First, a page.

Be the 8th Comrade on our Trip to the Kazbegi Mountains

6.20   Yes, a.m., nope, you can’t snooze, we have a long way to go  to Kazbegi at 7 in our private Marshrutka


9.30 First stop: Out of the lullingly warm car and out in the unexpected ‘winds of change’…of course you are wearing shorts and expected the usual 35 degrees…but the view definitely compensates for the cold you caught during the 2-minute stop.

10.30 Arrival in Stepantsminda (1740m) and always great to know someone who knows the place like the back of his hand: after a short break one of our colleague’s friends and his co-worker and friend come for us to take us around on ‘their territory’

11.00 Following the bumpy let’s say road we arrive at the waterfall after an adventurous hike through the beautiful nature of Kazbegi. And I know they say don’t look back but in this case you really should!

12.15 We start climbing up the serpentine road to Gergeti Trinity Chuch, still by car which is great given the faces of people who do it by foot. Cars coming down and the road condition are small legistical obstacles but our driver manages to overcome them successfully. Probably too small on the map, but even Google maps calculates 29 minutes for 5.7 km by  car 😀

13.00 Slightly slower than half an hour our road adventure is finished and we arrive at beautiful Gergeti Trinity Church (2170m). You just want to walk in? No, no, head and legs have to be covered but don’t worry, they offer cloths and scarfs at the door.

14.30 As beautiful as it is, we are starving and start our Georgian Barbecue.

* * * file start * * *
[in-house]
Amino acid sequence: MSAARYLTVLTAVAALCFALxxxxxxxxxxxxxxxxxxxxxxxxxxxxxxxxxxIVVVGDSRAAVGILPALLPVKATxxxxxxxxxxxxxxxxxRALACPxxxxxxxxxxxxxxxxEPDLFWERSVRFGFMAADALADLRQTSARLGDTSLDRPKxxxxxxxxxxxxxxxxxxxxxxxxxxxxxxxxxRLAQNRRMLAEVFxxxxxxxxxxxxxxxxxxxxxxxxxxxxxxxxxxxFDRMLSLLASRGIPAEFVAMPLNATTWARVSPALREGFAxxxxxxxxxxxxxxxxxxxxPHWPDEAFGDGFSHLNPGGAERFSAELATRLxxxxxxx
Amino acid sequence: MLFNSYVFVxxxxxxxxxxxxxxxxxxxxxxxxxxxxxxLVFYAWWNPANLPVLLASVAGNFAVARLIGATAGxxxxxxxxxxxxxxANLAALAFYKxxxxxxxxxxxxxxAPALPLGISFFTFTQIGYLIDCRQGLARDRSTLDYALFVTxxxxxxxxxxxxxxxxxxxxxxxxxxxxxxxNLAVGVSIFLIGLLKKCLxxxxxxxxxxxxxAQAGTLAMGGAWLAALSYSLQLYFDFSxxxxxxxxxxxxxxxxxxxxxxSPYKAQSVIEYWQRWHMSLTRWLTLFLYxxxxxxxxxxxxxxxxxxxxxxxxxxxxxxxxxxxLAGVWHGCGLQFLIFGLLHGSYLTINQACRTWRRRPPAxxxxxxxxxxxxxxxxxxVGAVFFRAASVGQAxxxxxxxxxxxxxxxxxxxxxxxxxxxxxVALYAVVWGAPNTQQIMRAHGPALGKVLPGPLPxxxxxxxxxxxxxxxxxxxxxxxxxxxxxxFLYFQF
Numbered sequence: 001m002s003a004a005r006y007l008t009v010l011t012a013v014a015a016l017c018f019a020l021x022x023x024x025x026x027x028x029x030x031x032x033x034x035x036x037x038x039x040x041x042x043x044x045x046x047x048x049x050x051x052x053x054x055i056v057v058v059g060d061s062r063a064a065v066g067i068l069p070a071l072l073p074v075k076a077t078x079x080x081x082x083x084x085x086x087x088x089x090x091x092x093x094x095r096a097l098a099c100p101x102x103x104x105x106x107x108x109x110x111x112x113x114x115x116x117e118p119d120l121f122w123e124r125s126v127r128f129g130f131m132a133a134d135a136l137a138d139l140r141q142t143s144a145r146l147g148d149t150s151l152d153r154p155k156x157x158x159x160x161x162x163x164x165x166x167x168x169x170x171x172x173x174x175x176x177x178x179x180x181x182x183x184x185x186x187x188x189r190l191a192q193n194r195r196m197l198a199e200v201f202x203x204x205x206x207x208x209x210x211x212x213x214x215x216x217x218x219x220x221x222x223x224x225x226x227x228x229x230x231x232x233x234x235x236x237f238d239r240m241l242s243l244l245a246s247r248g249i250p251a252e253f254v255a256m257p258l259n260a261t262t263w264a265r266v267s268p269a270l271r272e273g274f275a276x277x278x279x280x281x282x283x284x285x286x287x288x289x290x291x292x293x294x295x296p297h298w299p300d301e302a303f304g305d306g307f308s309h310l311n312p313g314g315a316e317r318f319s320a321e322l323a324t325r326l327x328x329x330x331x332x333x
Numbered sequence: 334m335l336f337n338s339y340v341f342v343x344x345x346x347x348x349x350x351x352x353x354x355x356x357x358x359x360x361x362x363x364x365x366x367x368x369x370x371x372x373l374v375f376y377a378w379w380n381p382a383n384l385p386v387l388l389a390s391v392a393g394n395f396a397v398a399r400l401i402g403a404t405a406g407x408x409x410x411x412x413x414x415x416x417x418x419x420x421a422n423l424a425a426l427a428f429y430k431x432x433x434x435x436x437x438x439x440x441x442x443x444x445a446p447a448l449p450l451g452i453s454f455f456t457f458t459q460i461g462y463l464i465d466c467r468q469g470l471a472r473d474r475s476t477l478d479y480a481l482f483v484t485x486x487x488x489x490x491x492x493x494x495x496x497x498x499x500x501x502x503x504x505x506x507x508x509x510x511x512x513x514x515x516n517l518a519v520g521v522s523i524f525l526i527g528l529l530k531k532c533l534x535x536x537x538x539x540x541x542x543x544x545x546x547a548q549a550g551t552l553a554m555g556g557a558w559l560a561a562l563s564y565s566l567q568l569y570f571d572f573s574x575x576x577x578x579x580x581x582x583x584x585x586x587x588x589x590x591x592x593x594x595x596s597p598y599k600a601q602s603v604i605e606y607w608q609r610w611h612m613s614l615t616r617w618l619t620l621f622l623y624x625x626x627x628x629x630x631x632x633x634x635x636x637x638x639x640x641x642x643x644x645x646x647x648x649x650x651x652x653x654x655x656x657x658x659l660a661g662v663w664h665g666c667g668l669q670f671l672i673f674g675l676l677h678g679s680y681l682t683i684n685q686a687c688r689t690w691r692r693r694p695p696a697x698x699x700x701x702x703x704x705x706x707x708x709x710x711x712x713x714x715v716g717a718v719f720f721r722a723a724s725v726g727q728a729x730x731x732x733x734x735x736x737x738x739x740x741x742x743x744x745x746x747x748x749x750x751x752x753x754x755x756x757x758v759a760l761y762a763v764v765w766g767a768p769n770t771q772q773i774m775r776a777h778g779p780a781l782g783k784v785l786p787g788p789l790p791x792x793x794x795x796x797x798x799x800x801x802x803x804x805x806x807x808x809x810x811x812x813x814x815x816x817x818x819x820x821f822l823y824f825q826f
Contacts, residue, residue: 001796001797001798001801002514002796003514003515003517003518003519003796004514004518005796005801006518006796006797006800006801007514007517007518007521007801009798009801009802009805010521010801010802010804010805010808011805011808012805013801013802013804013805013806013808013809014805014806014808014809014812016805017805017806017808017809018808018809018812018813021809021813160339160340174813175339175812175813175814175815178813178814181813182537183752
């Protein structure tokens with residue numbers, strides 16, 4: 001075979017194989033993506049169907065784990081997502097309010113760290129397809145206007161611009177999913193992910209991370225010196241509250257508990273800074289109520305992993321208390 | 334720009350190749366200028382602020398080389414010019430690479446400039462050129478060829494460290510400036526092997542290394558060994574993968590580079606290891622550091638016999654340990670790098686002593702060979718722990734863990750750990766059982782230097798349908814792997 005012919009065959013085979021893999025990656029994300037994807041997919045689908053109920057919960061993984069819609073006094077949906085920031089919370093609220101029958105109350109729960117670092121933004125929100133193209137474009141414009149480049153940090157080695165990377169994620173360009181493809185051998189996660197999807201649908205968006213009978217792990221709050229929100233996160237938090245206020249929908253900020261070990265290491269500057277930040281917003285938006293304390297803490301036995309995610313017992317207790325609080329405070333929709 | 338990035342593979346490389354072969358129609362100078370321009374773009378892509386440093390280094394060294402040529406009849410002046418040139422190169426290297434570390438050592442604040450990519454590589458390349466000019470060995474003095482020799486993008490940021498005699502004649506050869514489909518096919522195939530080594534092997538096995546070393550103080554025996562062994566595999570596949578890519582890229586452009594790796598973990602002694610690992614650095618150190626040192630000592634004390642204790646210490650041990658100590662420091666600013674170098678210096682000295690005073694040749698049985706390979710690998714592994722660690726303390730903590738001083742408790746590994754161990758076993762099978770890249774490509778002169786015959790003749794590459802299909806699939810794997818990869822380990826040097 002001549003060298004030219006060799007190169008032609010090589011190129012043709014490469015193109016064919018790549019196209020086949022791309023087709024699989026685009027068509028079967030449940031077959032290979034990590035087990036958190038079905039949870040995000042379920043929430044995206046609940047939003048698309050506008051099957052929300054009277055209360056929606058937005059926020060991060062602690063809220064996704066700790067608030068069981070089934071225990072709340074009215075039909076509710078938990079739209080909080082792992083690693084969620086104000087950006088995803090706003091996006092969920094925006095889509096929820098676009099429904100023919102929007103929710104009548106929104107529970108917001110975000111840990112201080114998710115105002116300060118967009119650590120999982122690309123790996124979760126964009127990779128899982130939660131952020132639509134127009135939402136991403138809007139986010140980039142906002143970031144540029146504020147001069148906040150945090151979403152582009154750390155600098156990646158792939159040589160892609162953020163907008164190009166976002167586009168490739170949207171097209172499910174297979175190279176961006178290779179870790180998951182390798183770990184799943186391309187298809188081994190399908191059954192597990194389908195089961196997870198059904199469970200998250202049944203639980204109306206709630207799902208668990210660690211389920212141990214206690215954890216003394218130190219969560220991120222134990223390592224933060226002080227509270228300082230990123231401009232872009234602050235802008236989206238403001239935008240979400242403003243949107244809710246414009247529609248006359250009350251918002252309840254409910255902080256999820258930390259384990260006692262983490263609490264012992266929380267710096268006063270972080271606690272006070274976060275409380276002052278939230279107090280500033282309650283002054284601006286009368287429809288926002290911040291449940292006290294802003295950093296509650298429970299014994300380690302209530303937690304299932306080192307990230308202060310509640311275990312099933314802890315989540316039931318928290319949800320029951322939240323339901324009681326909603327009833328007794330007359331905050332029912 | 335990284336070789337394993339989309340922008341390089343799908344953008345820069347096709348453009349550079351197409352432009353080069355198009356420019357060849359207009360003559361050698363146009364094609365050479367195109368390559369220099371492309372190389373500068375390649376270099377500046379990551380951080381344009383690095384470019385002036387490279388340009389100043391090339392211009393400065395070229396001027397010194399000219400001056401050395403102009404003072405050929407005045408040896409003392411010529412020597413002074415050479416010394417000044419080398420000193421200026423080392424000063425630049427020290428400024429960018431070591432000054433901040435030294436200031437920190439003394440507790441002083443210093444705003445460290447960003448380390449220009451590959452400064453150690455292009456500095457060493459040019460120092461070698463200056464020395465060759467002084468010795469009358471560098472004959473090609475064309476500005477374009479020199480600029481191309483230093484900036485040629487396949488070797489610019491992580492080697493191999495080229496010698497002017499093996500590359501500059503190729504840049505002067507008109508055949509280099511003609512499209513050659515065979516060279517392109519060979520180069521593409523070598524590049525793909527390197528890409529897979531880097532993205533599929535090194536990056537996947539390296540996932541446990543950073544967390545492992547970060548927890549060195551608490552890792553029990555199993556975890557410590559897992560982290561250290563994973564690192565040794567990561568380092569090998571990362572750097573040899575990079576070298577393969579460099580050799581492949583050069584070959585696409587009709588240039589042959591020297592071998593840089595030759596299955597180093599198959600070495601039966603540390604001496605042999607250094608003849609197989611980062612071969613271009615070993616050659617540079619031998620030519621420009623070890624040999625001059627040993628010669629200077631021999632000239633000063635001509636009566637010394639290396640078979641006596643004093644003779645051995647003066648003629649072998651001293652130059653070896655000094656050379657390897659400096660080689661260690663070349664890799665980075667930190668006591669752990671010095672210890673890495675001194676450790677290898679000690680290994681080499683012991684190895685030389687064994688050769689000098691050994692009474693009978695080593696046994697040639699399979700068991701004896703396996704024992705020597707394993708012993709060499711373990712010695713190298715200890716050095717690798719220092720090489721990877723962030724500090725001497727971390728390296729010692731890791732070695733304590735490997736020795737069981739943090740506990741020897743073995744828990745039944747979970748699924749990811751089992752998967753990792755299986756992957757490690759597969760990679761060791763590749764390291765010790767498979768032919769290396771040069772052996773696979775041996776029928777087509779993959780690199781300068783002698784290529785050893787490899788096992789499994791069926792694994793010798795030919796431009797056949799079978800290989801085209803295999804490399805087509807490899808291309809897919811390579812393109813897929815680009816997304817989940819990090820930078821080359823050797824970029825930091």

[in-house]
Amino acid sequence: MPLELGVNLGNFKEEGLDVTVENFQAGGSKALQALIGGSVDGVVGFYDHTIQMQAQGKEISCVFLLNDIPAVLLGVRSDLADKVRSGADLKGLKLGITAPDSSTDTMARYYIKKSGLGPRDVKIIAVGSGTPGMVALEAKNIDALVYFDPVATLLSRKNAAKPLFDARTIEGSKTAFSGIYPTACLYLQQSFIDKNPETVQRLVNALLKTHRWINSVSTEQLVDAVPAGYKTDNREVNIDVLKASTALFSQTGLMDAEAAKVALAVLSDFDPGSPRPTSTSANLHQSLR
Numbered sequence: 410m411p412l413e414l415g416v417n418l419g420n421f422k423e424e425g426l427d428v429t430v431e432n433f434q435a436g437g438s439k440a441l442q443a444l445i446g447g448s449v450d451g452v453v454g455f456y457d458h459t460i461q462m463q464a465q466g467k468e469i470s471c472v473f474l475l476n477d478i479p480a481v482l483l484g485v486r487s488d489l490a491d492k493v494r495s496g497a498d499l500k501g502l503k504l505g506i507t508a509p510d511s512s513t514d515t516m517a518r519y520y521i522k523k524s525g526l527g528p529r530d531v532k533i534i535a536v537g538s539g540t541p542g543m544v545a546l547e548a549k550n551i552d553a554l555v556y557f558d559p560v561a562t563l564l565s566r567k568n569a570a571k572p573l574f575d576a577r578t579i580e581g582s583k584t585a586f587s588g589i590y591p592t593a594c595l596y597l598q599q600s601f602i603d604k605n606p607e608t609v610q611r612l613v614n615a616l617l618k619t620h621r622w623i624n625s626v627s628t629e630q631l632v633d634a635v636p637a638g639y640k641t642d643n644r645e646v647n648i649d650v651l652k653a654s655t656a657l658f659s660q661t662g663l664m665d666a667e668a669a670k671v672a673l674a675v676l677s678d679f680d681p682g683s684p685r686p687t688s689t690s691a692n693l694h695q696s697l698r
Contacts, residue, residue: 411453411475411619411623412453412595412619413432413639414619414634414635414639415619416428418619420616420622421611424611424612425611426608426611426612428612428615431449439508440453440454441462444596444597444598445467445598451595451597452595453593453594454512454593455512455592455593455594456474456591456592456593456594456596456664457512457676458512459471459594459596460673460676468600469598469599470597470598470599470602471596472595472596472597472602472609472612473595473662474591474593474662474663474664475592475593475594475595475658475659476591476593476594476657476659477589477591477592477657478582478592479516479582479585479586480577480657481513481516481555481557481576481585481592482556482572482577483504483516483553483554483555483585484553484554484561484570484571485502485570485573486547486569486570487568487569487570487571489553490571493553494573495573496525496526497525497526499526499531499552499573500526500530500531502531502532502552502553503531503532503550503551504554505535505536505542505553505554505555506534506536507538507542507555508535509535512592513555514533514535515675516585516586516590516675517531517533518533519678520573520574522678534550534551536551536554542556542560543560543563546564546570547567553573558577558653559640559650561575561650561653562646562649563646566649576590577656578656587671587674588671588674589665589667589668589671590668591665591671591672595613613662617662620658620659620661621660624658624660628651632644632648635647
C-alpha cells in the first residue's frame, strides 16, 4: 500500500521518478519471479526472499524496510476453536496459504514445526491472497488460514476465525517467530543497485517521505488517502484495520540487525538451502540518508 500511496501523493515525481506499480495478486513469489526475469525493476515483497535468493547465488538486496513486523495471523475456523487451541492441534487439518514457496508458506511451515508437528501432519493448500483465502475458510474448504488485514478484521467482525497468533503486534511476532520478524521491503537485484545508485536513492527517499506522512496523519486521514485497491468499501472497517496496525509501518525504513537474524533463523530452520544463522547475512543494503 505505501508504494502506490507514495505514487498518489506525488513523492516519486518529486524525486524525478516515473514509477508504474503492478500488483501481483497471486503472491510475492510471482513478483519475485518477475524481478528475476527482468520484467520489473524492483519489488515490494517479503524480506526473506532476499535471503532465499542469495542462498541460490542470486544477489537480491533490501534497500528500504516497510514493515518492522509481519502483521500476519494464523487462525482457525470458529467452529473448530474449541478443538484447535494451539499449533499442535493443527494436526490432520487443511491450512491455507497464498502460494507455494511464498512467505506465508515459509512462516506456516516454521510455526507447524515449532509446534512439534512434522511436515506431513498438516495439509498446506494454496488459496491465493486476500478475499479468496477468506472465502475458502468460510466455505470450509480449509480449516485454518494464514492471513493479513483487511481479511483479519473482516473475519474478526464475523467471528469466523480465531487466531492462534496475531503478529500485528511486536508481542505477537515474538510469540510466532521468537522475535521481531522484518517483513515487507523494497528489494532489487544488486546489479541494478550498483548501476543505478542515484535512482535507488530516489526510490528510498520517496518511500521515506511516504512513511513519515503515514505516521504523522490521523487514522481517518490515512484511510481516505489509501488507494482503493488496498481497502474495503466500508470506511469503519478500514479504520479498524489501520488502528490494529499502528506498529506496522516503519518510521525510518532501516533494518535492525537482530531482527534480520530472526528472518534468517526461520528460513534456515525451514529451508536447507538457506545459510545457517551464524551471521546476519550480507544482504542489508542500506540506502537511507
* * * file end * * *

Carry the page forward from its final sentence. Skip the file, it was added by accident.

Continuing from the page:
Georgian Barbecue, what does it mean? Meat with onions, a bitter sauce made of plums, cherries or apples (for the attentive readers among you, yes I have already mentioned the sauce in my first post), bread, salad (it seems like tomato and cucumber salad is everywhere, with and without oil), different types of cheese, a Georgian lemonade with cream flavor and of course Georgian wine!

17.00 We start our last trip of the day: ca. half an hour away from Stepantsminda we enter a formerly Ossetian-inhabited territory. In the war with Georgia, Ossetians left behind their houses and farms and moved further into Ossetian territory. What is left are abandoned buildings, some are inhabited by shepherds working in the region during the warmer seasons, more holes than road and ancient forts with the typical Ossetian towers. 45 minutes away from the main road (again the side ‘roads’ are quite challenging and cause some desperation among my colleagues) we find a monastery and a convent. Out here in the nowhere the latter generates electricity from solar batteries.

In 1990, the former South Ossetian Autonomous Oblast declared its independence from Georgia. The Georgian government abolished South Ossetia’s autonomy and tried to gain back control over the region. The result was the South Ossetia War from 1991 to 1992. South Ossetia relies heavily on military, political and financial aid from Russia. Georgia’s fight against the controlling forces of South Ossetia continued in 2004 and 2008. The conflict in 2008 led to the Russian-Georgian War. Ossetian and Russian forces established full control of the South Ossetian territory.